EURO GOVT-Irish bonds steady; Bund ylds fail to break higher

* Irish bonds little changed on stress test reports

* Credit rating downgrade looming?

* Bunds yields hesitant to push higher

By Kirsten Donovan

LONDON, March 31 (Reuters) – Irish government bond yields
remained elevated on Thursday with expectations of a credit
rating downgrade offsetting signs of a radical restructuring of
the banking sector.

The Irish Independent newspaper reported that the Irish
government would announce the restructuring after the results of
bank stress tests are published later on Thursday. The paper
said they would show the four main banks need 20-25 billion
euros in additional capital. [ID:nWLA6824].

That figure was largely in line with markets’ expectations
and Irish bond yields edged lower in early trade, although the
3-10 year portion of the yield curve was still comfortably above
10 percent.

“Whatever happens today won’t be the end of the story,” said
ING rate strategist Padhraic Garvey.

“The real game changer has been the details of the European
Stability Mechanism (ESM) and Standard & Poor’s interpretation
of that which has been quite negative for the stressed periphery
and we expect to see an Irish downgrade in the next few days.”

Ratings agencies have warned that plans for the ESM —
Europe’s permanent rescue fund for troubled states — raise the
chances of a default in the near-term by countries like Greece
and Ireland because they are likely to lead to private sector
creditors getting back less than the full amount owed.

The Irish government has set aside about 35 billion euros
for its debt-ridden banks, and the figure reported by the Irish
independent was well below that [ID:nLDE72T20R]. But the tests
will need to be rigorous enough to convince agencies and
investors that there are not substantial more losses to come.

S&P cut Portugal and Greece earlier this week, citing risks
around the new bailout fund. That risk also applies to Ireland
which S&P currently rates at A-, three notches above its BBB-
rating on Portugal.

Moody’s and Fitch currently rate Ireland one notch below S&P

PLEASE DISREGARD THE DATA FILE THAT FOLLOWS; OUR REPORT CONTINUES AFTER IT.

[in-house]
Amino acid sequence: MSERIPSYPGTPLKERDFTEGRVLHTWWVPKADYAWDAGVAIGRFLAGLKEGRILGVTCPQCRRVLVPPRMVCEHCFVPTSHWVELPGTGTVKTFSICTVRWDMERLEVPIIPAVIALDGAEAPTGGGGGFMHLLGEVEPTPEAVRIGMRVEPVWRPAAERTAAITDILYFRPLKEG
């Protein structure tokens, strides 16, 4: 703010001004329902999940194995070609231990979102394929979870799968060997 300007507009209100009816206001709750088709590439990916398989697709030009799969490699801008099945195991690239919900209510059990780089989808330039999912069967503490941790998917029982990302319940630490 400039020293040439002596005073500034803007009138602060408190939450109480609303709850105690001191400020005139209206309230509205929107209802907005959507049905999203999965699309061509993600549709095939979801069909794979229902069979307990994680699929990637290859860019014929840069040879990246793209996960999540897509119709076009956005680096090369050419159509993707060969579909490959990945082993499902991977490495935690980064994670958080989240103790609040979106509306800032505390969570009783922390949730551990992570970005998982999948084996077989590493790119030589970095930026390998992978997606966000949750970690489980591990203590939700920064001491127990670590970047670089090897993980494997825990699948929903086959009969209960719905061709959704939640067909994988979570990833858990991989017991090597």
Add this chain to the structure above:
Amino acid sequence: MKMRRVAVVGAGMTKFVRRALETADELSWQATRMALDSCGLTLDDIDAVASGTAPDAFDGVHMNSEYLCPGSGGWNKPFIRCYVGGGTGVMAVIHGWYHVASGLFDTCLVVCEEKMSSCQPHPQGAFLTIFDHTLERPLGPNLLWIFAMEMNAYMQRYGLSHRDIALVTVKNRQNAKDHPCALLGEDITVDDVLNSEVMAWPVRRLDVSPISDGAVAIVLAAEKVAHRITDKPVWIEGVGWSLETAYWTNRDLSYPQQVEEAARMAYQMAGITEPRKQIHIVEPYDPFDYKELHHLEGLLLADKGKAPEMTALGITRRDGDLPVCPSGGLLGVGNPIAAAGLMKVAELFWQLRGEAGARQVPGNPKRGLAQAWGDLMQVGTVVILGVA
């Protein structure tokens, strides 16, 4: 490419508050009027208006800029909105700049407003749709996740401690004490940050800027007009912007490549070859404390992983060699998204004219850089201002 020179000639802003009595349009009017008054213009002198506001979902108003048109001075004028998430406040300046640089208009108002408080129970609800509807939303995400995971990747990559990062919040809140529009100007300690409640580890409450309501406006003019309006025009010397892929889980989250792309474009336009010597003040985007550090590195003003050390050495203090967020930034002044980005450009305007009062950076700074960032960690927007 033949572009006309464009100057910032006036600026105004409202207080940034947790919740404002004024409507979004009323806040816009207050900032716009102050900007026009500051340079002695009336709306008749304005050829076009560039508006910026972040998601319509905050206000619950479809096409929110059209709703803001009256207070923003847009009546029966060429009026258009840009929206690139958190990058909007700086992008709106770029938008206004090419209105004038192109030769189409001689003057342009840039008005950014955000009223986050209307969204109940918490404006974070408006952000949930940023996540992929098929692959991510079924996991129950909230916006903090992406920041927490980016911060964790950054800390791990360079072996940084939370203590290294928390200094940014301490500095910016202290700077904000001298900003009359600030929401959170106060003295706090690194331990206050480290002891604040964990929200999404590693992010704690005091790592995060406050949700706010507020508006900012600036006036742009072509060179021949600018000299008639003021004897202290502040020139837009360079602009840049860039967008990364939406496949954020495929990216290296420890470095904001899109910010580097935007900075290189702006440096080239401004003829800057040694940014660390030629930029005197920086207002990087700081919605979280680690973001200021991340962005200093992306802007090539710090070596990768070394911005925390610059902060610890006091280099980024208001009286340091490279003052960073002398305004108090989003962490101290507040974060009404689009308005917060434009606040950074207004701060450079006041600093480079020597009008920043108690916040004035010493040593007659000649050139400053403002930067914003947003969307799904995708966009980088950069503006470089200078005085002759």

at Baa1/BBB+.

“There is definitely a risk for a multi-notch downgrade of
Ireland,” said ING’s Garvey.

“The entire stressed periphery is more stressed now than it
was a few months back and we expect that to intensify.”


June Bund futures (FGBLc1: Quote, Profile, Research) were 12 ticks higher at 121.55.
Two-year bond yields (DE2YT=TWEB: Quote, Profile, Research) were flat at 1.765 percent
with 10-year yields (DE10YT=TWEB: Quote, Profile, Research) down 2 bps at 3.32 percent.

Ten-year yields have risen almost 40 basis points in the
first quarter but have struggled to break above 3.34 percent,
the top of the range seen over the last two months.

Traders said investors were largely sidelined ahead of
Friday’s U.S. employment report and may struggle to put on
longer-term positions even after it.

“The market still isn’t sure which way it wants to go, if
the data starts coming off and it looks like interest rate hike
expectations have been overdone then yields are not necessarily
going higher,” said one trader.

If yields do break the 3.34 percent level, then they could
quickly target the 3.37 percent level, the 50 percent
retracement of the fall in yields since mid-2008, with the 61.8
percent retracement coming in at 3.676 percent.

Euro zone flash inflation data released at 0900 GMT will
reinforce expectations for an April interest rate rise if it
comes in line with forecasts for a 2.3 percent rise.

For now, the market seems willing to draw a line in the sand
of the euro zone debt crisis with Portuguese yields and the
10-year yield spread over Bunds at euro lifetime highs, but
Spanish and Italian spreads trending tighter.

“After yesterday’s solid Italian auctions we see no reason
for the spread tightening trend to run out in coming days,” said
Commerzbank strategist Christoph Rieger.


Graphic on Peripheral bond yield spreads


Traders expect Portuguese bond yields to converge towards
those of their Irish counterparts with a request from Lisbon for
financial aid seen as inevitable before it faces almost 7
billion euros of coupon and redemption payments in June.
The spread between Irish and Portuguese 10-year bond yields
has narrowed to 182 bps from around 235 bps a week ago and 250
bps at the end of last year, but that still leaves room for
Portuguese yields to rise by close to 2 percentage points, all
other things equal.

— Graphics by Kirsten Donovan

EURO GOVT-Irish bonds steady; Bund ylds fail to break higher